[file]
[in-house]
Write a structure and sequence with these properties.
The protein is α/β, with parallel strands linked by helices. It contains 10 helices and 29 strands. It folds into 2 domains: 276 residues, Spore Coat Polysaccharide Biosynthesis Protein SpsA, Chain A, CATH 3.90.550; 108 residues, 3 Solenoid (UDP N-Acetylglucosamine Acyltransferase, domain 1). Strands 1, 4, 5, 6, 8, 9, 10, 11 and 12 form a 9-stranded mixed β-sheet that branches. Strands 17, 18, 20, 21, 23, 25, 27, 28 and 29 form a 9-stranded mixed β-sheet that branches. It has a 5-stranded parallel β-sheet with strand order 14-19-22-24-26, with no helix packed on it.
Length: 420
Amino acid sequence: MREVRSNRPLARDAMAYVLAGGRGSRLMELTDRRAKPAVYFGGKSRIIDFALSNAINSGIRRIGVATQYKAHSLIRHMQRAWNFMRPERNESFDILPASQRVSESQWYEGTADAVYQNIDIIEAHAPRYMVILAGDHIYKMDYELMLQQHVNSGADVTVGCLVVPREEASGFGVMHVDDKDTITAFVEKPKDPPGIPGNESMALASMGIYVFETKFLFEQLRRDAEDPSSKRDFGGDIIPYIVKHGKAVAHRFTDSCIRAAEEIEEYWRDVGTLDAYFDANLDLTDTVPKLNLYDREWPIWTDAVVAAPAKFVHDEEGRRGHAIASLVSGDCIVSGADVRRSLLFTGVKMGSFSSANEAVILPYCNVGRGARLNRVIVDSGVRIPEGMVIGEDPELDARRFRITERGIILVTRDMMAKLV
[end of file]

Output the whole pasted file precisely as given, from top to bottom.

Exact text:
[in-house]
Write a structure and sequence with these properties.
The protein is α/β, with parallel strands linked by helices. It contains 10 helices and 29 strands. It folds into 2 domains: 276 residues, Spore Coat Polysaccharide Biosynthesis Protein SpsA, Chain A, CATH 3.90.550; 108 residues, 3 Solenoid (UDP N-Acetylglucosamine Acyltransferase, domain 1). Strands 1, 4, 5, 6, 8, 9, 10, 11 and 12 form a 9-stranded mixed β-sheet that branches. Strands 17, 18, 20, 21, 23, 25, 27, 28 and 29 form a 9-stranded mixed β-sheet that branches. It has a 5-stranded parallel β-sheet with strand order 14-19-22-24-26, with no helix packed on it.
Length: 420
Amino acid sequence: MREVRSNRPLARDAMAYVLAGGRGSRLMELTDRRAKPAVYFGGKSRIIDFALSNAINSGIRRIGVATQYKAHSLIRHMQRAWNFMRPERNESFDILPASQRVSESQWYEGTADAVYQNIDIIEAHAPRYMVILAGDHIYKMDYELMLQQHVNSGADVTVGCLVVPREEASGFGVMHVDDKDTITAFVEKPKDPPGIPGNESMALASMGIYVFETKFLFEQLRRDAEDPSSKRDFGGDIIPYIVKHGKAVAHRFTDSCIRAAEEIEEYWRDVGTLDAYFDANLDLTDTVPKLNLYDREWPIWTDAVVAAPAKFVHDEEGRRGHAIASLVSGDCIVSGADVRRSLLFTGVKMGSFSSANEAVILPYCNVGRGARLNRVIVDSGVRIPEGMVIGEDPELDARRFRITERGIILVTRDMMAKLV